Regional development and planning
The dispersed geographical distribution of biomass raises difficulties for the estimation of biomass quantities, the evaluation of technological pathways for biomass energy and the determination of the final cost for BCs. BCs need to explore several alternative delivery models to determine cost-effective biomass supply chains, and to identify the geographic distribution of the economically exploited biomass potential. Spatial planning can assist biomass logistics, and provides a means for exploring and evaluating alternative scenarios of biomass supply chains (characteristics, transportation cost, selection/sizing/costing of biomass production site) to determine optimal configurations. Key components in such an infrastructure are: (a) processing technology models that predict the output of biomass-related process blocks (eg the entire biodiesel process that converts biomass and fossil into new products) given input information (eg material and energy streams), (b) performance models that evaluate the economical performance, energy consumption, and greenhouse gas emissions, and (c) logistic models that address logistics and supply chain considerations. AI4B will provide services to set up cost-effective biomass supply chains, and explore alternatives in biomass processing and supply chain configurations based on what-if analysis tools.

Accountability in biomass symbiotic networks
AI4B will adopt the LOD paradigm to expose: (a) currently available spatial data infrastructures (SDI) as geoLOD data, and (b) process, performance and logistic models as biomass LOD data. LOD is considered worldwide as a driving force to provide transparent and accountable processes. In AI4B, all stages of biomass supply chains will be transparent. Every citizen or public body will have access to supply chain data, and be able to query decisions and demand ramifications.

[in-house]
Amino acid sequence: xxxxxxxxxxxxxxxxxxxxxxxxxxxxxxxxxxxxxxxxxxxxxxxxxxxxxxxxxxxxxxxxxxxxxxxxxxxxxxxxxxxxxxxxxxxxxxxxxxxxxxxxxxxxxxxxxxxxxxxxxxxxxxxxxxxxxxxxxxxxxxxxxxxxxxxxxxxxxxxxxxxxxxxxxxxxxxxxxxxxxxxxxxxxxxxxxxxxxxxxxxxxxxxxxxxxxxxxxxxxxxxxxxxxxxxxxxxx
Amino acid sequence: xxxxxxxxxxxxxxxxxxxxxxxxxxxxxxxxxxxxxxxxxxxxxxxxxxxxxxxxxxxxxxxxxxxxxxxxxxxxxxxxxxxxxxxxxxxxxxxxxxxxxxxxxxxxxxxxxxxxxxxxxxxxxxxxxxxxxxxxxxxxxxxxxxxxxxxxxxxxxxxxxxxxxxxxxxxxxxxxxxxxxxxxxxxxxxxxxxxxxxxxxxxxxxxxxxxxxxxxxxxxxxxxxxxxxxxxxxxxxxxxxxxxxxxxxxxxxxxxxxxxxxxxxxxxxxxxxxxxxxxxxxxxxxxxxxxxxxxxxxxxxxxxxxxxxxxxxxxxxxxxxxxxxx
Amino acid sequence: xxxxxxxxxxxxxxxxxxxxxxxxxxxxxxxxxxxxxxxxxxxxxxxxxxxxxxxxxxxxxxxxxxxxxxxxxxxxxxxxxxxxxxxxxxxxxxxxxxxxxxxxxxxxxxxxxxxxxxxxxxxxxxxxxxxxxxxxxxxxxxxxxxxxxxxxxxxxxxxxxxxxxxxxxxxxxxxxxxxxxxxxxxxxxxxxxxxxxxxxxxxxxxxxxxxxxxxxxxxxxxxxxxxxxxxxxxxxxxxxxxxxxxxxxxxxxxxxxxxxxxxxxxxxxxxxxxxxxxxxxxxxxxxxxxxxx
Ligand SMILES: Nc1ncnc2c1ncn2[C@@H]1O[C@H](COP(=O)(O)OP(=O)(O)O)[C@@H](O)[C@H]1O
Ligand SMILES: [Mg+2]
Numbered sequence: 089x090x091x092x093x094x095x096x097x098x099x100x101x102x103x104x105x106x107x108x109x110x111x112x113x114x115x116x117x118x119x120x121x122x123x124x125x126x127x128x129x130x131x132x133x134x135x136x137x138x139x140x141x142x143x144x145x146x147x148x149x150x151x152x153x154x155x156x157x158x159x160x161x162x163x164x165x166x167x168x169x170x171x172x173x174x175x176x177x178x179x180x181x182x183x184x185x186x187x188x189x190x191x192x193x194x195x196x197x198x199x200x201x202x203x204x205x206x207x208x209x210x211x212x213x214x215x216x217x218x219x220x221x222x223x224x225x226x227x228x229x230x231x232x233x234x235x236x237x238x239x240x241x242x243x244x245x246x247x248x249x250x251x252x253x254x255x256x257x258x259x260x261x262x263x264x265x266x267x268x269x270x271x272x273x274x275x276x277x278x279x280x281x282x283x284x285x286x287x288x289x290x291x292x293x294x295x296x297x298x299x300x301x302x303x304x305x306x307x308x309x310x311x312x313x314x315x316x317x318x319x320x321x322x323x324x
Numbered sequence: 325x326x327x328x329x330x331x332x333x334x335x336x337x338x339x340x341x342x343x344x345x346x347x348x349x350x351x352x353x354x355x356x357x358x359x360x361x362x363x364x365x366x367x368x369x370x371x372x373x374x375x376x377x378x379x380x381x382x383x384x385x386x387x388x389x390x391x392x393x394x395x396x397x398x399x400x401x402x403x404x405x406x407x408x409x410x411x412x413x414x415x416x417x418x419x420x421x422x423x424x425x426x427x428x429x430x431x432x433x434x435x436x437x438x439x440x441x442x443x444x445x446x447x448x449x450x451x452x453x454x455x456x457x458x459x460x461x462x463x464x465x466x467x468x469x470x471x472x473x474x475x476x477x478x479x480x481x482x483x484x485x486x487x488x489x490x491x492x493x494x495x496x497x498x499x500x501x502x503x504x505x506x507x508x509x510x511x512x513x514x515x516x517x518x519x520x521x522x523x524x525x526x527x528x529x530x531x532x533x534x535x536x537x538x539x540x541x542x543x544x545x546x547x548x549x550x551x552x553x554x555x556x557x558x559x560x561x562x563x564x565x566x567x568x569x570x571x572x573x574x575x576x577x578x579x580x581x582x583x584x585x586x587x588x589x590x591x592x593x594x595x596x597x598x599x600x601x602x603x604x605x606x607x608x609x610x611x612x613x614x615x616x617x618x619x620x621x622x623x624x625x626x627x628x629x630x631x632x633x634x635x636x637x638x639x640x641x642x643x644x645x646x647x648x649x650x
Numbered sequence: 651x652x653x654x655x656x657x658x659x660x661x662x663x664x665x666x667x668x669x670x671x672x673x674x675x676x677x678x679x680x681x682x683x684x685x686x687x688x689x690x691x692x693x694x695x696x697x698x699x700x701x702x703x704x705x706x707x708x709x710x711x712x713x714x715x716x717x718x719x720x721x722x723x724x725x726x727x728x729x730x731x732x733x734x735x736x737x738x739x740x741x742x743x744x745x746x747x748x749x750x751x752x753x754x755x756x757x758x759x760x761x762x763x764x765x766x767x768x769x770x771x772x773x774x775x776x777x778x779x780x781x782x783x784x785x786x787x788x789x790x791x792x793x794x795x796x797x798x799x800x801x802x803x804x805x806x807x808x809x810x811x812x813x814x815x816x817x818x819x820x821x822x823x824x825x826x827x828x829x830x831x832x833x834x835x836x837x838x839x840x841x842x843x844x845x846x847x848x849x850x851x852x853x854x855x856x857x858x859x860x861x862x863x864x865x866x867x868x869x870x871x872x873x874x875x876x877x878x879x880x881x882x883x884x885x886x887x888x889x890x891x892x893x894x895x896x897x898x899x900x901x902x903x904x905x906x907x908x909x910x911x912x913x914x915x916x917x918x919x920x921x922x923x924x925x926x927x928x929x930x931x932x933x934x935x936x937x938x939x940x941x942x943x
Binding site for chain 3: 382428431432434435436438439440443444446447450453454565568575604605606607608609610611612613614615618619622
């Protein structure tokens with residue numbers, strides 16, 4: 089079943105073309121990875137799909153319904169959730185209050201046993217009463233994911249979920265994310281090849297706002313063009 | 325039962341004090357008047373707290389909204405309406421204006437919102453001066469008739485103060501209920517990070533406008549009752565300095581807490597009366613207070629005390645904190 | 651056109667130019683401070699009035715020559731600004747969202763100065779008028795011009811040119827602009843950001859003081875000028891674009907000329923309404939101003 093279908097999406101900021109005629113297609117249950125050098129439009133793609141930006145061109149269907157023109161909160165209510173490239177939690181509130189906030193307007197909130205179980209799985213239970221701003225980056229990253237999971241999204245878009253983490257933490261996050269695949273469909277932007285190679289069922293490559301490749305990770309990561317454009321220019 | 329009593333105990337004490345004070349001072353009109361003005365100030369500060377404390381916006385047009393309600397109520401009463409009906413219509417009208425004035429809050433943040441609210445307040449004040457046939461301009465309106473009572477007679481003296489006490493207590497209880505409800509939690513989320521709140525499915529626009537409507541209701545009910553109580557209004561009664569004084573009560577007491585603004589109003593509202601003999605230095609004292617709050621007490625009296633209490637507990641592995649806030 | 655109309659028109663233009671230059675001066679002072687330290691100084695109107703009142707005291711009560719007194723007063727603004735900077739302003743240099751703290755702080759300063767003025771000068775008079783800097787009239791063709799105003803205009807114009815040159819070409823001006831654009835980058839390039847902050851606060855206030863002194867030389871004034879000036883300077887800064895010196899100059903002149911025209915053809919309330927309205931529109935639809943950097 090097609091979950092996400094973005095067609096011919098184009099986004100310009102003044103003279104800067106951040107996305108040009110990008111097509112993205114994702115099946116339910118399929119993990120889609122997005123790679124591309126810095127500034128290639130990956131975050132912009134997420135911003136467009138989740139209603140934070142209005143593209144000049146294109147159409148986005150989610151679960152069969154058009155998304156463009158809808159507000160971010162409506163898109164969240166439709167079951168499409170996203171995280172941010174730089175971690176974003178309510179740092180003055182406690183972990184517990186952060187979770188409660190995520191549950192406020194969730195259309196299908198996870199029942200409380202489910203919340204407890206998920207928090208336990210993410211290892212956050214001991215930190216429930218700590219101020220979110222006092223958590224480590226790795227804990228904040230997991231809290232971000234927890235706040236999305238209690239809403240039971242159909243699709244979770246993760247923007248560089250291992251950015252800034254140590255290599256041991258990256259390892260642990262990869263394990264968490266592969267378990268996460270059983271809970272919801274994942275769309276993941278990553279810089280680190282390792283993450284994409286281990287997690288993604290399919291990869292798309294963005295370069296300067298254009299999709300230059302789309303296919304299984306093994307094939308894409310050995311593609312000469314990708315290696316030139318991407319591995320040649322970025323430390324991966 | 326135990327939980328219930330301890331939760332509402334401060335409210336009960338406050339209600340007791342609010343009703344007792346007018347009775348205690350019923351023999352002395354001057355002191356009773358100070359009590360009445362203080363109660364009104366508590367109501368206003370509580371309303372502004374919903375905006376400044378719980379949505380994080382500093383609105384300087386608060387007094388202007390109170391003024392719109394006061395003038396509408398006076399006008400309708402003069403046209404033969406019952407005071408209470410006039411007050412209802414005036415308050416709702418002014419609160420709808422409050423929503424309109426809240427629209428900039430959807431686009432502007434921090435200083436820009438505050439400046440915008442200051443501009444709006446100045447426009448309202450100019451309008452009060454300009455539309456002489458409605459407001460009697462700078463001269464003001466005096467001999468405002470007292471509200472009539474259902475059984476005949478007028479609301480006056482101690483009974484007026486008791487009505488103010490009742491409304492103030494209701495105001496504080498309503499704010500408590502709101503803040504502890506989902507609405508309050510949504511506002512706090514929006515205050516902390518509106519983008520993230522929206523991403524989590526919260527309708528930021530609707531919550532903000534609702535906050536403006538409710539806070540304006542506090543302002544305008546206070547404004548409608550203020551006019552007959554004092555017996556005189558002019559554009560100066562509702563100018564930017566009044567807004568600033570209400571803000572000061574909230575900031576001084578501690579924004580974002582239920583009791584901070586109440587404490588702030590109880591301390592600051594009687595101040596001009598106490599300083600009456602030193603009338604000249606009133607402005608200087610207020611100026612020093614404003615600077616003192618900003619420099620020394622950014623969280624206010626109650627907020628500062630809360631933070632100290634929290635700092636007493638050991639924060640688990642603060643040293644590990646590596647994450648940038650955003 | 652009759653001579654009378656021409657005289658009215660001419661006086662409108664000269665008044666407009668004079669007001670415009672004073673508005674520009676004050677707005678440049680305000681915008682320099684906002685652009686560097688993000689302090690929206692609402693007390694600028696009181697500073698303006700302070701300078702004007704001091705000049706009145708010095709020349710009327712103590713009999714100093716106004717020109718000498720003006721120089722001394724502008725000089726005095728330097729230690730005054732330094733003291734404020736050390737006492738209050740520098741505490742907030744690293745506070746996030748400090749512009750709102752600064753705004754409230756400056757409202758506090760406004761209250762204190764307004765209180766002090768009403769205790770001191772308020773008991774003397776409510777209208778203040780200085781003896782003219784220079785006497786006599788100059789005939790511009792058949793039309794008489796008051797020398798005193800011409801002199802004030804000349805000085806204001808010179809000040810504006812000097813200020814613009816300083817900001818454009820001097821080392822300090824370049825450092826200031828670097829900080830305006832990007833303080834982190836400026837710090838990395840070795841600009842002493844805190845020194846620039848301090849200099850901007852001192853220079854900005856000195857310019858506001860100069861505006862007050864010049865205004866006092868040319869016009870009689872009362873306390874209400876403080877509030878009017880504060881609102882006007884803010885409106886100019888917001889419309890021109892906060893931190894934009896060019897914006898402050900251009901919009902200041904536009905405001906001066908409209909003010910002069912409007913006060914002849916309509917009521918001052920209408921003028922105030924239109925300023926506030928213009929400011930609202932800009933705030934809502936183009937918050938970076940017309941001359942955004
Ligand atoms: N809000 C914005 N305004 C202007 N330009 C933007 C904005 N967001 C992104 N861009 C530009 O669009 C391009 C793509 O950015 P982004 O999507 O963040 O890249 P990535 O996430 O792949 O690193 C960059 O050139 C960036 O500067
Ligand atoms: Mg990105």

The AI4B project is just about to start, and involves the following partners: Athena Research Center, National Techn. University of Athens, Centre for Renewable Energy Sources, Eratosthenes SA, CLMS Ltd, Tero Ltd, Kenakap SA, Aenol SA.

Acknowledgements: The authors acknowledge Dr. Ioanna Papamichael, Nontas Tsakonas, Dr. Yannis Zorgios, Stratos Arampatzis, Panayiotis Patras, Sevasti Basdeki for their contribution in this work.

Links:
http://en.wikipedia.org/wiki/Industrial_symbiosis
http://linkeddata.org
http://www.esymbiosis.gr
http://www.cres.gr/kape/energeia_politis/energeia_politis_biomass_uk.htm

References:
[1] G. Grant et al: “Information and Communication Technologies for Industrial Symbiosis”, Journal of Industrial Ecology, 10(5), 2010
[2] R. Isenmann, K. Chernykh: “The role of ICT in Industrial Symbiosis Projects. Environmental Informatics and Industrial Environmental Protection: Concepts, Methods and Tools”, 2009.

Please contact:
Theodore Dalamagas
Athena Research Center, Greece
E-mail:
This email address is being protected from spambots. You need JavaScript enabled to view it.

Antonis Kokossis
National Technical University of Athens, Greece
E-mail: This email address is being protected from spambots. You need JavaScript enabled to view it.